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Columbia market study presents recommendations

The consultants hired to study the economic climate and potential of key locations in Columbia, including eight of the nine village centers, presented recommendations at a public meeting last week.

The recommendations include: creation of a program to help retain and recruit small retail tenants, land swaps to improve village center layouts, a comprehensive review of covenants on Columbia properties, and a master database plan for the booming big box retail corridor along Snowden River Parkway and Dobbin Road in East Columbia, referred to in the study as “GEDs.”

The study was commissioned last fall by the Columbia Association in partnership with Howard County government’s Department of Planning and Zoning and the Howard County Economic Development Authority.

The goal is to examine the economic conditions and develop a five-year forecast of eight of Columbia's nine village centers – Wilde Lake was excluded because it is undergoing a comprehensive renovation – and GEDs.

A key question was whether the traditional grocery-anchored model the village centers were built around is still viable. The answer seems to depend to some extent on the situation, but with grocers such as Wegmans, Trader Joe’s, and Costco, the model is being challenged.

Tom Moriarity, the lead consultant for the study, said the model should be preserved where it can be, but that owners should “be prepared to modify as required” to respond to “increasing competition.”

Possible alternatives include using the space for residential, libraries and government offices, churches, day care centers or recreational facilities.

Jane Dembner, director of Community Building & Open Space Bureau for the Columbia Association and point person for the study, said confirmation that the grocer market has challenged the centers was a big takeaway.

Another for Dembner was that the study showed the planned concept for Columbia is working.

“There is this balance,” Dembner said.

Dembner also touted the recruitment program, which she said could be a boon to local and independently owned niche retailers. The initiative would be responsible for coordinating with village center owners and brokers to find potential tenants for vacancies. The idea is that the program would deliver tenants that both residents and owners would approve.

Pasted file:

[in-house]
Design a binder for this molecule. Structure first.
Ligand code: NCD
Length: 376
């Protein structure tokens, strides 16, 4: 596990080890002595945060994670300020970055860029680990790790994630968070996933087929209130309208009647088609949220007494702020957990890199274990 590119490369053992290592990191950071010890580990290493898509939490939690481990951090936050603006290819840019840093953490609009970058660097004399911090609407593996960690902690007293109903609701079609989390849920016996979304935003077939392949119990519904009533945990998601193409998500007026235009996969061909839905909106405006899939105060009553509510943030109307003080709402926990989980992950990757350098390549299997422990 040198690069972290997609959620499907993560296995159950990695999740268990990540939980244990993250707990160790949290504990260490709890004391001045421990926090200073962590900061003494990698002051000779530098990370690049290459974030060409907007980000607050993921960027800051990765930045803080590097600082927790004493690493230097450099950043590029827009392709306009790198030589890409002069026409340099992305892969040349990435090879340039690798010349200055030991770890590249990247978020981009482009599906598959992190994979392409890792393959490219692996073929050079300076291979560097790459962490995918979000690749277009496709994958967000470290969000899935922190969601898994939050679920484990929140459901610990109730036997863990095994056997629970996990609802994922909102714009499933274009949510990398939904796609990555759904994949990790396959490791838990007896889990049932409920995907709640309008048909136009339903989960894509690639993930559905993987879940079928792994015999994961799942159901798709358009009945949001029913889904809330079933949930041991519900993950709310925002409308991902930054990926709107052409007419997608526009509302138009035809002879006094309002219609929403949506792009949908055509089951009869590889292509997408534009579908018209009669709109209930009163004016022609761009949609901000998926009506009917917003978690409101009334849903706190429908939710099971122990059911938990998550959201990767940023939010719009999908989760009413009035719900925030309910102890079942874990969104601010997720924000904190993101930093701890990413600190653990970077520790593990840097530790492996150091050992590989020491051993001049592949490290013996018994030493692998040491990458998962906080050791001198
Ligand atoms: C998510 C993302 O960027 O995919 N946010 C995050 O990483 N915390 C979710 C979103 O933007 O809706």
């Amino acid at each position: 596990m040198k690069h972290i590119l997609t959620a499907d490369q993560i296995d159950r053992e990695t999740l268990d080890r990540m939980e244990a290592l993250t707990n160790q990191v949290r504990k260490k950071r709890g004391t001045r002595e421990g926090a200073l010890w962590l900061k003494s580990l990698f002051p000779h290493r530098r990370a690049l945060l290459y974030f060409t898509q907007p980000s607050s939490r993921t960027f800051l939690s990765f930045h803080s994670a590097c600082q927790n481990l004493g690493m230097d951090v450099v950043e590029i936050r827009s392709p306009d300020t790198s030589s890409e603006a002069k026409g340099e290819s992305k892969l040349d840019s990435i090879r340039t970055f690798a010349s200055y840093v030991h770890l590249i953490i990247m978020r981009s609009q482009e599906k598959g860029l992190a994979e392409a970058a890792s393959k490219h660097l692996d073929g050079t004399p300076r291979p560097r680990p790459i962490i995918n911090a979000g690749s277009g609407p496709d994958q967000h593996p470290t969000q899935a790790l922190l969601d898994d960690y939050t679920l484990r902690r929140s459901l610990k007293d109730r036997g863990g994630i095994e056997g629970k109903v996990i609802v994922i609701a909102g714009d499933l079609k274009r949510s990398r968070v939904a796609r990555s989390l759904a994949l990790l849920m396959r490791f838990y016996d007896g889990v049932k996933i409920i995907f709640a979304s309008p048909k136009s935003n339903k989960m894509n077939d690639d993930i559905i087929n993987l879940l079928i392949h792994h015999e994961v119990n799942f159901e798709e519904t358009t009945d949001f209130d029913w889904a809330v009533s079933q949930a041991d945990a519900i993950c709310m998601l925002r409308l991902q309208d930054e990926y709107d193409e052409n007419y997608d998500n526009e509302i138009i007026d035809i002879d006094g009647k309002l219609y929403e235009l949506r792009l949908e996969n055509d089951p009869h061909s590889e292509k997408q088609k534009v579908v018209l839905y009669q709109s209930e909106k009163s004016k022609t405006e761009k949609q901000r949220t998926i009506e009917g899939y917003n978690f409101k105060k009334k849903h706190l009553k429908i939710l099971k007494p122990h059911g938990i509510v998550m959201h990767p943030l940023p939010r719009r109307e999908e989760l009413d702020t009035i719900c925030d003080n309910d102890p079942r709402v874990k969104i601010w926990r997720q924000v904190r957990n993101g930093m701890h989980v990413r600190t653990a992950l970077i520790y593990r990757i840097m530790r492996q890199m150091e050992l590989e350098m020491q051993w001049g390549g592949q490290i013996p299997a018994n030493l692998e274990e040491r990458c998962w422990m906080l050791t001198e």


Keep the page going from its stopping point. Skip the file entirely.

The program also could provide other assistance to existing tenants through business counseling and a loan program.

“It’s about partnering up,” Dembner said.

The program would likely be operated by the Economic Development Authority, whose mission is to aid local businesses. Larry Twele, the CEO of EDA, said the organization is already employing some retail retention strategies, and that the study gives them the teeth to expand those efforts.

“They are suggesting a more dedicated effort put forth to it as it relates to the village centers,” Twele said. “It is something we have been watching and directing more resources to, so it is affirming to know we are heading in the right direction.”

Twele said other recommendations also are in sync with strategies the EDA is employing.

“It was nice to see that some of the recommendations that are in the report are in line with our efforts here,” he said. 

Twele added that the community input and interest during the study was encouraging.

“That really was an important piece of it,” he said. “We were very pleased to see such a positive turnout.”

One out-of-the-box solution proposed by lead consultant Tom Moriarity was for stakeholders to consider property or space “swaps,” which he said could help make the village center layouts less clumsy.

Regarding the future of GEDs, the study presented no clear answer. Moriarity said the future of the areas “is a policy and planning issue,” and suggested that a comprehensive database of the area be created.

Moriarity also suggested the covenants that bind some of Columbia’s properties be reviewed because they can be a hindrance on redevelopment.

The recommendations presented are non-binding since all but one of the areas, the village of Long Reach, are privately owned.

Of the nine village centers, six are owned by Kimco Realty Corp., the largest operator of shopping centers in North America. The three not owned by Kimco are Oakland Mills, owned by Cedar Realty Trust; Owen Brown, owned by GFS Realty; and Long Reach, which was recently declared a blight zone and purchased by the county government.

David Bujnicki, a spokesman for Kimco, said the company will not discuss the report because they “have not had the opportunity to discuss internally any conclusions or recommendations that may have been included.”

The May 29 meeting was the last public presentation on the study, which began in fall 2013. A final report, which will have more specific recommendations, will be published this summer.

 

Copyright © 2015, The Baltimore Sun
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